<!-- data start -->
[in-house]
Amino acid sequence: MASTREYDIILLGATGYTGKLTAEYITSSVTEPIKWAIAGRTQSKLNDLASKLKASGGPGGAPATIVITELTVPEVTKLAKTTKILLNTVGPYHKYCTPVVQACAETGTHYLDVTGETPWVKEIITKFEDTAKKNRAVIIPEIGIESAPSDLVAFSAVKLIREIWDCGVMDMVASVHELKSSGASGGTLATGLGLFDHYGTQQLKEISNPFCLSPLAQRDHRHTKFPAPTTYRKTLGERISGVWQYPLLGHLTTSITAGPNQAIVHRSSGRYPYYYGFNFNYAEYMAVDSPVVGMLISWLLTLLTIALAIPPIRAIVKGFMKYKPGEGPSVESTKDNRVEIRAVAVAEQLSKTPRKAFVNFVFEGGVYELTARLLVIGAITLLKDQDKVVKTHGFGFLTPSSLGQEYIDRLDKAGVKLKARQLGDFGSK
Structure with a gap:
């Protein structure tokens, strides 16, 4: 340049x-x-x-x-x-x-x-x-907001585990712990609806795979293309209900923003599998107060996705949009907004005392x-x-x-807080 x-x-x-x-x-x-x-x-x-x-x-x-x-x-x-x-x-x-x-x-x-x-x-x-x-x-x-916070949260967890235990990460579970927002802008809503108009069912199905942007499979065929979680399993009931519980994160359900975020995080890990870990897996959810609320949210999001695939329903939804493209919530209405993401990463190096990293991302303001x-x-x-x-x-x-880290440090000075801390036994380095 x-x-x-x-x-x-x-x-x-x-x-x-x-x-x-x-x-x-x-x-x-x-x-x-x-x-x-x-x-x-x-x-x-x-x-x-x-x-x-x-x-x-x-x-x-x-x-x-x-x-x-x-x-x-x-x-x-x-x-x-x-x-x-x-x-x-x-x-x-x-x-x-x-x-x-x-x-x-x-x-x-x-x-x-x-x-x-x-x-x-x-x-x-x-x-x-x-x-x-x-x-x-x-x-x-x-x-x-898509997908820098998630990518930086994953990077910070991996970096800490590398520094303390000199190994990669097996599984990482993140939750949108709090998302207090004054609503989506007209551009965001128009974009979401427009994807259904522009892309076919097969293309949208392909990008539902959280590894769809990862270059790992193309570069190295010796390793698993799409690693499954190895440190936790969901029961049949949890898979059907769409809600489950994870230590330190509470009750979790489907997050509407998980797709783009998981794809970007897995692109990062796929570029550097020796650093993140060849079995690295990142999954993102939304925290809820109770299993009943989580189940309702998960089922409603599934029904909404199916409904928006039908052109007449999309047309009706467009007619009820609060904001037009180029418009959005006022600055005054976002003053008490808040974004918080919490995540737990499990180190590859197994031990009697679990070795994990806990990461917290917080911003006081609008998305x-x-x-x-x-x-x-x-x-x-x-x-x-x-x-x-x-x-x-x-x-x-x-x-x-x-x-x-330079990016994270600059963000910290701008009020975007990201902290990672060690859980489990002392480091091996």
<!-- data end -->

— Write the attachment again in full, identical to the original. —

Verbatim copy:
[in-house]
Amino acid sequence: MASTREYDIILLGATGYTGKLTAEYITSSVTEPIKWAIAGRTQSKLNDLASKLKASGGPGGAPATIVITELTVPEVTKLAKTTKILLNTVGPYHKYCTPVVQACAETGTHYLDVTGETPWVKEIITKFEDTAKKNRAVIIPEIGIESAPSDLVAFSAVKLIREIWDCGVMDMVASVHELKSSGASGGTLATGLGLFDHYGTQQLKEISNPFCLSPLAQRDHRHTKFPAPTTYRKTLGERISGVWQYPLLGHLTTSITAGPNQAIVHRSSGRYPYYYGFNFNYAEYMAVDSPVVGMLISWLLTLLTIALAIPPIRAIVKGFMKYKPGEGPSVESTKDNRVEIRAVAVAEQLSKTPRKAFVNFVFEGGVYELTARLLVIGAITLLKDQDKVVKTHGFGFLTPSSLGQEYIDRLDKAGVKLKARQLGDFGSK
Structure with a gap:
């Protein structure tokens, strides 16, 4: 340049x-x-x-x-x-x-x-x-907001585990712990609806795979293309209900923003599998107060996705949009907004005392x-x-x-807080 x-x-x-x-x-x-x-x-x-x-x-x-x-x-x-x-x-x-x-x-x-x-x-x-x-x-x-916070949260967890235990990460579970927002802008809503108009069912199905942007499979065929979680399993009931519980994160359900975020995080890990870990897996959810609320949210999001695939329903939804493209919530209405993401990463190096990293991302303001x-x-x-x-x-x-880290440090000075801390036994380095 x-x-x-x-x-x-x-x-x-x-x-x-x-x-x-x-x-x-x-x-x-x-x-x-x-x-x-x-x-x-x-x-x-x-x-x-x-x-x-x-x-x-x-x-x-x-x-x-x-x-x-x-x-x-x-x-x-x-x-x-x-x-x-x-x-x-x-x-x-x-x-x-x-x-x-x-x-x-x-x-x-x-x-x-x-x-x-x-x-x-x-x-x-x-x-x-x-x-x-x-x-x-x-x-x-x-x-x-898509997908820098998630990518930086994953990077910070991996970096800490590398520094303390000199190994990669097996599984990482993140939750949108709090998302207090004054609503989506007209551009965001128009974009979401427009994807259904522009892309076919097969293309949208392909990008539902959280590894769809990862270059790992193309570069190295010796390793698993799409690693499954190895440190936790969901029961049949949890898979059907769409809600489950994870230590330190509470009750979790489907997050509407998980797709783009998981794809970007897995692109990062796929570029550097020796650093993140060849079995690295990142999954993102939304925290809820109770299993009943989580189940309702998960089922409603599934029904909404199916409904928006039908052109007449999309047309009706467009007619009820609060904001037009180029418009959005006022600055005054976002003053008490808040974004918080919490995540737990499990180190590859197994031990009697679990070795994990806990990461917290917080911003006081609008998305x-x-x-x-x-x-x-x-x-x-x-x-x-x-x-x-x-x-x-x-x-x-x-x-x-x-x-x-330079990016994270600059963000910290701008009020975007990201902290990672060690859980489990002392480091091996």